By: Graham Webster
One year of work by almost 20 journalists culminated in early April in a massive four-day series in the Lawrence (Kan.) Journal-World. Their inspiration: the 40th anniversary of In Cold Blood, Truman Capote’s breakthrough “nonfiction novel” about the murders of a Kansas farm family. The series consisted of 15 pages of reporting and a 30-minute documentary which aired on the paper’s cable station. Just as notable: No one involved in producing the project is nearly old enough to remember the 1959 murders.
The project was produced entirely by students in the journalism school at the University of Nebraska-Lincoln. Forty-five years after the murders of the Clutter family, the impetus for Capote’s book, the students convinced some of the major figures in the case to talk for the first time. And they convinced a newspaper to run their work.
“Faculty members at the University of Nebraska came to us and presented the idea for the series to our owner, Dolph C. Simons Jr., and he thought it was a worthwhile project,” recalls Ralph Gage, the Journal-World’s chief operating officer. “He was enthusiastic about giving our readers something special that they couldn’t get anywhere else.”
The size of the package was unprecedented for the Journal-World, which like any other paper publishes its share of series. “I can’t remember anything quite this massive,” Gage says. The reporting came out of a class known as Depth Reporting. The idea came to the j-school’s dean, Will Norton, “somewhere on some lonely highway,” instructor Jerry Sass says.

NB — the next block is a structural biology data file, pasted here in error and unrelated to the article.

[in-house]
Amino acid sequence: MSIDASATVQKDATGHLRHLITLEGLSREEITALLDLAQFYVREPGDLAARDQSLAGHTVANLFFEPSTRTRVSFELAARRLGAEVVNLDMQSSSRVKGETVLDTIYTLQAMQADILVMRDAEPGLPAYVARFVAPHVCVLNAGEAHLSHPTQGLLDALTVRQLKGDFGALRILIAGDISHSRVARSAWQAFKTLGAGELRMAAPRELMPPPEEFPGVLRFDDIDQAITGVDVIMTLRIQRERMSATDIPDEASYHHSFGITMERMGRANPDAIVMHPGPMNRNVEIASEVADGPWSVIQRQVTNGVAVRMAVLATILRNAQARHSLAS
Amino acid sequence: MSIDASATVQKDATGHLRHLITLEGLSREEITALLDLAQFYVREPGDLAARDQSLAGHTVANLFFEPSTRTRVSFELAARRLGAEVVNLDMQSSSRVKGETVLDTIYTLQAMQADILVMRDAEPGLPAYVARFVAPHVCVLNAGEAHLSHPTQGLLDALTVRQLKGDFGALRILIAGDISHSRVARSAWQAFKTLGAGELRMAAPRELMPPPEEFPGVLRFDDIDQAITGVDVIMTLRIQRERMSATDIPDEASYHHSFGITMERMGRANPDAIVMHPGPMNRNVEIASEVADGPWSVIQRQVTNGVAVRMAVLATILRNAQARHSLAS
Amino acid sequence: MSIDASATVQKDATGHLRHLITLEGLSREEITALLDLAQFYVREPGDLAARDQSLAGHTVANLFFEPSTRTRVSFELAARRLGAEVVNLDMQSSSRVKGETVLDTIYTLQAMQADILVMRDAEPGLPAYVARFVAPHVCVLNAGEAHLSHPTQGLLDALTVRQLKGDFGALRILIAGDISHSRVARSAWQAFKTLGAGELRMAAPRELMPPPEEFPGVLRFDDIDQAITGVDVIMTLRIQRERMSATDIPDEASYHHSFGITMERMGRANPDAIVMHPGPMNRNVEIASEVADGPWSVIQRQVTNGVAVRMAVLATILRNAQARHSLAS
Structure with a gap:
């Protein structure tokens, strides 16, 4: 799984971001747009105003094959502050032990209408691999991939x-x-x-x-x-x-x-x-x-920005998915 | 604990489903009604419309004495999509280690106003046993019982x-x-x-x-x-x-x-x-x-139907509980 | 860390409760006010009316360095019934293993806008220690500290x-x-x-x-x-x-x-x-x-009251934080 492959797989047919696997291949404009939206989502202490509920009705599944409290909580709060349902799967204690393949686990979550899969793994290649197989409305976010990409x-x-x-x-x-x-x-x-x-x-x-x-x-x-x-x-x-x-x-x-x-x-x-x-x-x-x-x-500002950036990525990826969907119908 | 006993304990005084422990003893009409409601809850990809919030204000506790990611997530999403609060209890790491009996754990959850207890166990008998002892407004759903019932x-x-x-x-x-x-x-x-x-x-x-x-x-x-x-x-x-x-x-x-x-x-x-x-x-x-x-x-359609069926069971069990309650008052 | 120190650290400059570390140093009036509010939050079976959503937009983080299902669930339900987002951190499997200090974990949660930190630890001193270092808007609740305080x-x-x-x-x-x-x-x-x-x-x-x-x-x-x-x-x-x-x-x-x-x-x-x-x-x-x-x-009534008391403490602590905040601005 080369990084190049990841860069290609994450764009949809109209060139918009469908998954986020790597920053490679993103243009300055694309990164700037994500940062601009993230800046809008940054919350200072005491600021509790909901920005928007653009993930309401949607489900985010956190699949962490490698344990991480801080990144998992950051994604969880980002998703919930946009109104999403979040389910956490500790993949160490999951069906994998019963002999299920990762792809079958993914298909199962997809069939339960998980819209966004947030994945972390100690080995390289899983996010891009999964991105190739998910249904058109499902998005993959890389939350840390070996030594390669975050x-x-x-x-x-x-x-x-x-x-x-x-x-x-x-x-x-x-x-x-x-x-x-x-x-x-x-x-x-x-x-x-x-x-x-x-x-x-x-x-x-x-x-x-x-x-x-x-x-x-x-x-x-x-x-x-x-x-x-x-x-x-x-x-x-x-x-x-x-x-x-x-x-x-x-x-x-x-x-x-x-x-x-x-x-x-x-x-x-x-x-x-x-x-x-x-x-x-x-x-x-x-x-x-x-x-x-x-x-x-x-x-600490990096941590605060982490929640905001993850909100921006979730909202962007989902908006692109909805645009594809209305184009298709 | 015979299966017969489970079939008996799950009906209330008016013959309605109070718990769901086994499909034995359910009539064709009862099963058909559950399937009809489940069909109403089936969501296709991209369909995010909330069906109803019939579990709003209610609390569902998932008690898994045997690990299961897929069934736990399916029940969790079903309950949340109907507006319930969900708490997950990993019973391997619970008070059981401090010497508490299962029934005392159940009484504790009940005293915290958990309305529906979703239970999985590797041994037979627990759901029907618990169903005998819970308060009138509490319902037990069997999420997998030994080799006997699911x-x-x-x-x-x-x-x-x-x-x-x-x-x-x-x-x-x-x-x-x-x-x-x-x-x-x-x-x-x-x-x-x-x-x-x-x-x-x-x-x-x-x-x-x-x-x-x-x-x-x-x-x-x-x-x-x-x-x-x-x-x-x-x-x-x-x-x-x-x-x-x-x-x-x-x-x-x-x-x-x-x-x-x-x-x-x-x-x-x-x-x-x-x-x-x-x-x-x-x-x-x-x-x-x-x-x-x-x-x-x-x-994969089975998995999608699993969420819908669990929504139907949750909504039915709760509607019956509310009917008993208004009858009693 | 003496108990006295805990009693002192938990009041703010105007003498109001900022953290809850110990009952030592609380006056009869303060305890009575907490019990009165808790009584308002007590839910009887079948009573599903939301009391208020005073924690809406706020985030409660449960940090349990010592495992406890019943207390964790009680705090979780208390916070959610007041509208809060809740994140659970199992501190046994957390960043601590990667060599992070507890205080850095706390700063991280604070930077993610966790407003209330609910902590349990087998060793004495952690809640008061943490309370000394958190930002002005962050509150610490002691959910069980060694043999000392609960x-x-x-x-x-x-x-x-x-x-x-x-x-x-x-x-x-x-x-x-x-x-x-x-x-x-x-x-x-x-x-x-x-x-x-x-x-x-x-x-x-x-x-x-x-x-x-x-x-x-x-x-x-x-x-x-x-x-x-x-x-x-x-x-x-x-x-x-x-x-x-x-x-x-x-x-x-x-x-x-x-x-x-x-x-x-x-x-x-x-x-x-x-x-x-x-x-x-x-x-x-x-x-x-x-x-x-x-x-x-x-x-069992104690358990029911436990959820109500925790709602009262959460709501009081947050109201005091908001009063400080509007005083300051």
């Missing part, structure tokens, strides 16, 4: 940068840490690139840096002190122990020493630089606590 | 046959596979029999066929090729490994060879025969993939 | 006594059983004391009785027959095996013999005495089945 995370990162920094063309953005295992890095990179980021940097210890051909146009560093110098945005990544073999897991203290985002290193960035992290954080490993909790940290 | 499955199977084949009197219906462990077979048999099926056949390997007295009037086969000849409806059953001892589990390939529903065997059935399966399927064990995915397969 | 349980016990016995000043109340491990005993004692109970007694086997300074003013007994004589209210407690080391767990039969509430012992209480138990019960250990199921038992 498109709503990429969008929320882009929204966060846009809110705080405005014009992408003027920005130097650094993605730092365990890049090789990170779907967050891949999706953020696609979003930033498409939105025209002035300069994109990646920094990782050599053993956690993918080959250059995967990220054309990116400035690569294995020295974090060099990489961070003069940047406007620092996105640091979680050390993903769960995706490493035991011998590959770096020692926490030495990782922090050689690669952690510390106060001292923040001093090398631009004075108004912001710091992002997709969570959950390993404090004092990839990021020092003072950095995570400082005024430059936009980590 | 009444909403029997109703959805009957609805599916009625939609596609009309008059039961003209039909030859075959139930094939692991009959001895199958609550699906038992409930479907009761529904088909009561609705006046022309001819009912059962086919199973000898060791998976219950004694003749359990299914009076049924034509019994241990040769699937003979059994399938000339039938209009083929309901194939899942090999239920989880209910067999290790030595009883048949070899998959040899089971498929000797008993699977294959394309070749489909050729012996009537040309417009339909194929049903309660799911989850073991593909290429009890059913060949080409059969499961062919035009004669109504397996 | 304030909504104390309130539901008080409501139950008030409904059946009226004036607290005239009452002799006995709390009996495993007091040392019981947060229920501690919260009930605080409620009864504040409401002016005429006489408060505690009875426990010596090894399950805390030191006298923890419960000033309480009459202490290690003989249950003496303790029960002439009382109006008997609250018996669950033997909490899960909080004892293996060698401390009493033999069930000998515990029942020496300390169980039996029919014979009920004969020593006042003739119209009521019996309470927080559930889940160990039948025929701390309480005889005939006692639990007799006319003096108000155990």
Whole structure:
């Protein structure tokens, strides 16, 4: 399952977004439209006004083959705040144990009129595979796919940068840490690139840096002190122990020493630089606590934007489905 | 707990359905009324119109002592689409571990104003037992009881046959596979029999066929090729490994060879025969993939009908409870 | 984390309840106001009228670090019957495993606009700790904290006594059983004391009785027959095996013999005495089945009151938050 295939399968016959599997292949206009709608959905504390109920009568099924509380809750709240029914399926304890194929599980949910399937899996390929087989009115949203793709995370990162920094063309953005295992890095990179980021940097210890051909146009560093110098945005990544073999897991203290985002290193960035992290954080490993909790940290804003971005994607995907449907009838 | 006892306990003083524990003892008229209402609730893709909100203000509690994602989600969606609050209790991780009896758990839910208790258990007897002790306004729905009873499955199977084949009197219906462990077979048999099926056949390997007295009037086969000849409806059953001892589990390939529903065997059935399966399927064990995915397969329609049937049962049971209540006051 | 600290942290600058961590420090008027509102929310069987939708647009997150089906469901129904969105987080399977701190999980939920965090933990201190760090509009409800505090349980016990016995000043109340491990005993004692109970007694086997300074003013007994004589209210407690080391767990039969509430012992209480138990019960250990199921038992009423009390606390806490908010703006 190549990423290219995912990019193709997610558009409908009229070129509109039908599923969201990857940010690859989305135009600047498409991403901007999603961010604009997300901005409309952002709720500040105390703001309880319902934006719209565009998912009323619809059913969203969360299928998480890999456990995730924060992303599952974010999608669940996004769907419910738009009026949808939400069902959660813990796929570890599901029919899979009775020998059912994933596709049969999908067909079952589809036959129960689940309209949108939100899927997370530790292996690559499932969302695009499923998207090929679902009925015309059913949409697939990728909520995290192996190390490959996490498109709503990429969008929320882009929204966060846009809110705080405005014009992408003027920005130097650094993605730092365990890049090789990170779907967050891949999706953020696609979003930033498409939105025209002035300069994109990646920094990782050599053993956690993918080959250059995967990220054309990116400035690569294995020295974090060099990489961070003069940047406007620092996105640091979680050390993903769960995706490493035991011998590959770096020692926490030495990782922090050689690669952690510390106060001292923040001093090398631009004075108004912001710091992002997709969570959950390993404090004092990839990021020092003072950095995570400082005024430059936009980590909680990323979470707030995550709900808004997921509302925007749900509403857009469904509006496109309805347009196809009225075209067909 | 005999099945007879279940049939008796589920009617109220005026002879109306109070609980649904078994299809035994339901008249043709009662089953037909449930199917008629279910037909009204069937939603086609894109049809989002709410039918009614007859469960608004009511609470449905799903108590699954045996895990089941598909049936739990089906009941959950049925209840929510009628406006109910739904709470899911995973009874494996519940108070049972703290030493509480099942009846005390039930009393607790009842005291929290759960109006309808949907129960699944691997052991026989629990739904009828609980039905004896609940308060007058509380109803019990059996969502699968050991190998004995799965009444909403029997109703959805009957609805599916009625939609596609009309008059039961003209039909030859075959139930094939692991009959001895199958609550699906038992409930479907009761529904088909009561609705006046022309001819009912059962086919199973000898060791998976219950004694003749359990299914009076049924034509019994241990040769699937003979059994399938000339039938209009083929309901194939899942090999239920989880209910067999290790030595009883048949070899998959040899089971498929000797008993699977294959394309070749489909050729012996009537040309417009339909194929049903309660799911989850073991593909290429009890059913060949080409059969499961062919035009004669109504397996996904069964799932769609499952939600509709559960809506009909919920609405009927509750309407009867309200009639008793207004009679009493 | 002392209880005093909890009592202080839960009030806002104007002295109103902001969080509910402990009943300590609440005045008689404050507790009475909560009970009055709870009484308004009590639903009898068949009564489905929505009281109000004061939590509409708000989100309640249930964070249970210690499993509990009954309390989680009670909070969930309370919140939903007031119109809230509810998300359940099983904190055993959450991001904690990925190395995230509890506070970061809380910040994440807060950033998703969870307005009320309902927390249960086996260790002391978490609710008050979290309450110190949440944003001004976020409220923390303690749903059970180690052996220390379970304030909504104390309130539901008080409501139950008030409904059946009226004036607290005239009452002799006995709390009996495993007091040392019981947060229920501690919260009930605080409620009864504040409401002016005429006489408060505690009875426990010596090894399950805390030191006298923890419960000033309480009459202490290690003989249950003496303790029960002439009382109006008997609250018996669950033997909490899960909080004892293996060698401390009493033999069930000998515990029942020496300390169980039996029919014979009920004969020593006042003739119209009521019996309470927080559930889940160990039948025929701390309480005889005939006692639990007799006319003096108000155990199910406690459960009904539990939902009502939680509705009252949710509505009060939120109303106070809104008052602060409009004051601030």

“They gathered up a group of eight or nine students last year, and we started doing some background research and reading the book last spring,” says Melissa Lee, who worked on the project and is currently editor in chief of The Daily Nebraskan. Ultimately, the students came up with a wealth of new information ? including the first interviews ever given by several key players in the story. Some discovered one way to grease the wheels when knocking on the door of someone’s home for a difficult interview. “It helps if you bring a pie,” Sass notes.
A dozen student reporters traveled repeatedly to Kansas during the fall, and in January, five student editors and page designers took over, producing ready-made pages for the Journal-World.
“We got one of the most difficult interviews while we were down there with Bobby Rupp, who was the boyfriend of [murder victim] Nancy Clutter,” says Sass. Rupp, who had never spoken publicly before this series, was the last to see the Clutter family alive and had initially been questioned as a suspect in their murders.
The Journal-World staff, Sass says, soon put the copy in house style and prepared a multimedia Web presence for the project. “They didn’t second-guess a thing we did,” he says. “I don’t know of any place that’s done anything like that.”